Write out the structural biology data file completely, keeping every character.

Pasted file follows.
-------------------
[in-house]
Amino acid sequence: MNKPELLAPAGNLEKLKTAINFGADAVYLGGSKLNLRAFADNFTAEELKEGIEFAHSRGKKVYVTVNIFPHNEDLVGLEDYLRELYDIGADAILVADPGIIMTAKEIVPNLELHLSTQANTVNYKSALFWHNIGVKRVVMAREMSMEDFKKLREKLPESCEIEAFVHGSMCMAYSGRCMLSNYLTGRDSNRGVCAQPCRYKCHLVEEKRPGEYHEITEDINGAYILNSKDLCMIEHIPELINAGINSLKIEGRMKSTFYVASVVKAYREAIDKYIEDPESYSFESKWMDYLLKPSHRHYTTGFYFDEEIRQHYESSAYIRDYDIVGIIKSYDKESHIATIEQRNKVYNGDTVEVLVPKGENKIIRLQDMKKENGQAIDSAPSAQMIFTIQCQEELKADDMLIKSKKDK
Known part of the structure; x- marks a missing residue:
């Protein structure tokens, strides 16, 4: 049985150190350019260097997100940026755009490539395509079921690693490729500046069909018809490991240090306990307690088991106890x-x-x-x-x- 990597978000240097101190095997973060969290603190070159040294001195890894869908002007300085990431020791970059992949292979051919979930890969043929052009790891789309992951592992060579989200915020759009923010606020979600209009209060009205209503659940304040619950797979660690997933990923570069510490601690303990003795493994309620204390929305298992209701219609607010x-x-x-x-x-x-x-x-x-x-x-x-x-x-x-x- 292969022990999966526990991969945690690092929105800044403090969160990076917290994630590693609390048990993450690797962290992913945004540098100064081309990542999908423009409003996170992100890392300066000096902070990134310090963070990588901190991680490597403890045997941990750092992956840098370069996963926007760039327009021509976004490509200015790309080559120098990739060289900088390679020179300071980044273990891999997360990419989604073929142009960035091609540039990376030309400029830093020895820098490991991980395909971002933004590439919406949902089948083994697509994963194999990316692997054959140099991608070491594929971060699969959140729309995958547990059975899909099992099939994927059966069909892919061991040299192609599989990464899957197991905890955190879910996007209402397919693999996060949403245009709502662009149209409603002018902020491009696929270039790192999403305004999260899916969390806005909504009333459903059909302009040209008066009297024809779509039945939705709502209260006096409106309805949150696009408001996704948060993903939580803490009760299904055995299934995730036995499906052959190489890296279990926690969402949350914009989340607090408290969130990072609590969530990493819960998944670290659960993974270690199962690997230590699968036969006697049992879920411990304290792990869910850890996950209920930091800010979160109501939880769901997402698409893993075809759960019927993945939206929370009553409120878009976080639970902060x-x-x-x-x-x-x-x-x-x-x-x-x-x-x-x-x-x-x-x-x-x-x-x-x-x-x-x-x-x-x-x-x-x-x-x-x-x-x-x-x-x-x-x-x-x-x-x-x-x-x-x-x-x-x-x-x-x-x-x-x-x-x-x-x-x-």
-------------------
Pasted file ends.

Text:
[in-house]
Amino acid sequence: MNKPELLAPAGNLEKLKTAINFGADAVYLGGSKLNLRAFADNFTAEELKEGIEFAHSRGKKVYVTVNIFPHNEDLVGLEDYLRELYDIGADAILVADPGIIMTAKEIVPNLELHLSTQANTVNYKSALFWHNIGVKRVVMAREMSMEDFKKLREKLPESCEIEAFVHGSMCMAYSGRCMLSNYLTGRDSNRGVCAQPCRYKCHLVEEKRPGEYHEITEDINGAYILNSKDLCMIEHIPELINAGINSLKIEGRMKSTFYVASVVKAYREAIDKYIEDPESYSFESKWMDYLLKPSHRHYTTGFYFDEEIRQHYESSAYIRDYDIVGIIKSYDKESHIATIEQRNKVYNGDTVEVLVPKGENKIIRLQDMKKENGQAIDSAPSAQMIFTIQCQEELKADDMLIKSKKDK
Known part of the structure; x- marks a missing residue:
């Protein structure tokens, strides 16, 4: 049985150190350019260097997100940026755009490539395509079921690693490729500046069909018809490991240090306990307690088991106890x-x-x-x-x- 990597978000240097101190095997973060969290603190070159040294001195890894869908002007300085990431020791970059992949292979051919979930890969043929052009790891789309992951592992060579989200915020759009923010606020979600209009209060009205209503659940304040619950797979660690997933990923570069510490601690303990003795493994309620204390929305298992209701219609607010x-x-x-x-x-x-x-x-x-x-x-x-x-x-x-x- 292969022990999966526990991969945690690092929105800044403090969160990076917290994630590693609390048990993450690797962290992913945004540098100064081309990542999908423009409003996170992100890392300066000096902070990134310090963070990588901190991680490597403890045997941990750092992956840098370069996963926007760039327009021509976004490509200015790309080559120098990739060289900088390679020179300071980044273990891999997360990419989604073929142009960035091609540039990376030309400029830093020895820098490991991980395909971002933004590439919406949902089948083994697509994963194999990316692997054959140099991608070491594929971060699969959140729309995958547990059975899909099992099939994927059966069909892919061991040299192609599989990464899957197991905890955190879910996007209402397919693999996060949403245009709502662009149209409603002018902020491009696929270039790192999403305004999260899916969390806005909504009333459903059909302009040209008066009297024809779509039945939705709502209260006096409106309805949150696009408001996704948060993903939580803490009760299904055995299934995730036995499906052959190489890296279990926690969402949350914009989340607090408290969130990072609590969530990493819960998944670290659960993974270690199962690997230590699968036969006697049992879920411990304290792990869910850890996950209920930091800010979160109501939880769901997402698409893993075809759960019927993945939206929370009553409120878009976080639970902060x-x-x-x-x-x-x-x-x-x-x-x-x-x-x-x-x-x-x-x-x-x-x-x-x-x-x-x-x-x-x-x-x-x-x-x-x-x-x-x-x-x-x-x-x-x-x-x-x-x-x-x-x-x-x-x-x-x-x-x-x-x-x-x-x-x-």